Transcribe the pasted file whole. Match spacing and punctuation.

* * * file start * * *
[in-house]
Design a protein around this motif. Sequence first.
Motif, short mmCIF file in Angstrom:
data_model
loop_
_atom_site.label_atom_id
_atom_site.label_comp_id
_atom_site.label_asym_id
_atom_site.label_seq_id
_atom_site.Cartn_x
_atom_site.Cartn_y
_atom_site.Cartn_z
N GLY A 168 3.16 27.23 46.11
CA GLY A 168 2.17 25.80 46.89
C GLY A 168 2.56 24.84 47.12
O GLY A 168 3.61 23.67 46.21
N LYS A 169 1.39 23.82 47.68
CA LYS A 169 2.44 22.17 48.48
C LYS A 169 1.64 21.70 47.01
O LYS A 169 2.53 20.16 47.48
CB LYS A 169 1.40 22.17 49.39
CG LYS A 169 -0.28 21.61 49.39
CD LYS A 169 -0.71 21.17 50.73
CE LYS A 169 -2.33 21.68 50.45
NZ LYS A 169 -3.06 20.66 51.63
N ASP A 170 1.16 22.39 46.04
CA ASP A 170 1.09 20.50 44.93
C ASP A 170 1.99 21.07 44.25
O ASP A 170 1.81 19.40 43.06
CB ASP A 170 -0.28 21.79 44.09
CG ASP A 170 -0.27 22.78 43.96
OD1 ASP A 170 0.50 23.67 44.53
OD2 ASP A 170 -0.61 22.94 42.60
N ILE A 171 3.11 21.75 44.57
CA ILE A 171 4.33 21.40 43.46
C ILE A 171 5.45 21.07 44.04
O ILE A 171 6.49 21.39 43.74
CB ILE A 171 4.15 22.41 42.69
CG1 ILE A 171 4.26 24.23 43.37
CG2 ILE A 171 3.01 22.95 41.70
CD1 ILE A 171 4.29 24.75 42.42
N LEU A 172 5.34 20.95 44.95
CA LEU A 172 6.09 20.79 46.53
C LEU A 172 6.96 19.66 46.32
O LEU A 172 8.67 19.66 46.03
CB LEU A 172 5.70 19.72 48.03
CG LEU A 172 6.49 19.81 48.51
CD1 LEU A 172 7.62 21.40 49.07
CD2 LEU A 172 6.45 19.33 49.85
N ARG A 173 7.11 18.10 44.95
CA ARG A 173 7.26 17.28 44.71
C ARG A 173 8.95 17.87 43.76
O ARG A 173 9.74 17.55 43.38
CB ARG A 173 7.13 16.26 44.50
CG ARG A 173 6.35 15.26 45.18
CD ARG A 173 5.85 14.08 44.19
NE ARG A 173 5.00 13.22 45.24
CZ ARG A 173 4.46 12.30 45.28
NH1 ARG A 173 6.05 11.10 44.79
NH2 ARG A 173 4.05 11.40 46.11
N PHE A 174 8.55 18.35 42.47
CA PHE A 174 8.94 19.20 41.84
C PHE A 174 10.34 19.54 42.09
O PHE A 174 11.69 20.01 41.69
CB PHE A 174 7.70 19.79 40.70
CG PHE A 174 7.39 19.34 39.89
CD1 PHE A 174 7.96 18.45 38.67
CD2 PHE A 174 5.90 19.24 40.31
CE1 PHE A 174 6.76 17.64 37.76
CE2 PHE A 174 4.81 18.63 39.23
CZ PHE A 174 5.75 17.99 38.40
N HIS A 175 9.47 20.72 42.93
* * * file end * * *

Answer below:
[in-house]
Design a protein around this motif. Sequence first.
Motif, short mmCIF file in Angstrom:
data_model
loop_
_atom_site.label_atom_id
_atom_site.label_comp_id
_atom_site.label_asym_id
_atom_site.label_seq_id
_atom_site.Cartn_x
_atom_site.Cartn_y
_atom_site.Cartn_z
N GLY A 168 3.16 27.23 46.11
CA GLY A 168 2.17 25.80 46.89
C GLY A 168 2.56 24.84 47.12
O GLY A 168 3.61 23.67 46.21
N LYS A 169 1.39 23.82 47.68
CA LYS A 169 2.44 22.17 48.48
C LYS A 169 1.64 21.70 47.01
O LYS A 169 2.53 20.16 47.48
CB LYS A 169 1.40 22.17 49.39
CG LYS A 169 -0.28 21.61 49.39
CD LYS A 169 -0.71 21.17 50.73
CE LYS A 169 -2.33 21.68 50.45
NZ LYS A 169 -3.06 20.66 51.63
N ASP A 170 1.16 22.39 46.04
CA ASP A 170 1.09 20.50 44.93
C ASP A 170 1.99 21.07 44.25
O ASP A 170 1.81 19.40 43.06
CB ASP A 170 -0.28 21.79 44.09
CG ASP A 170 -0.27 22.78 43.96
OD1 ASP A 170 0.50 23.67 44.53
OD2 ASP A 170 -0.61 22.94 42.60
N ILE A 171 3.11 21.75 44.57
CA ILE A 171 4.33 21.40 43.46
C ILE A 171 5.45 21.07 44.04
O ILE A 171 6.49 21.39 43.74
CB ILE A 171 4.15 22.41 42.69
CG1 ILE A 171 4.26 24.23 43.37
CG2 ILE A 171 3.01 22.95 41.70
CD1 ILE A 171 4.29 24.75 42.42
N LEU A 172 5.34 20.95 44.95
CA LEU A 172 6.09 20.79 46.53
C LEU A 172 6.96 19.66 46.32
O LEU A 172 8.67 19.66 46.03
CB LEU A 172 5.70 19.72 48.03
CG LEU A 172 6.49 19.81 48.51
CD1 LEU A 172 7.62 21.40 49.07
CD2 LEU A 172 6.45 19.33 49.85
N ARG A 173 7.11 18.10 44.95
CA ARG A 173 7.26 17.28 44.71
C ARG A 173 8.95 17.87 43.76
O ARG A 173 9.74 17.55 43.38
CB ARG A 173 7.13 16.26 44.50
CG ARG A 173 6.35 15.26 45.18
CD ARG A 173 5.85 14.08 44.19
NE ARG A 173 5.00 13.22 45.24
CZ ARG A 173 4.46 12.30 45.28
NH1 ARG A 173 6.05 11.10 44.79
NH2 ARG A 173 4.05 11.40 46.11
N PHE A 174 8.55 18.35 42.47
CA PHE A 174 8.94 19.20 41.84
C PHE A 174 10.34 19.54 42.09
O PHE A 174 11.69 20.01 41.69
CB PHE A 174 7.70 19.79 40.70
CG PHE A 174 7.39 19.34 39.89
CD1 PHE A 174 7.96 18.45 38.67
CD2 PHE A 174 5.90 19.24 40.31
CE1 PHE A 174 6.76 17.64 37.76
CE2 PHE A 174 4.81 18.63 39.23
CZ PHE A 174 5.75 17.99 38.40
N HIS A 175 9.47 20.72 42.93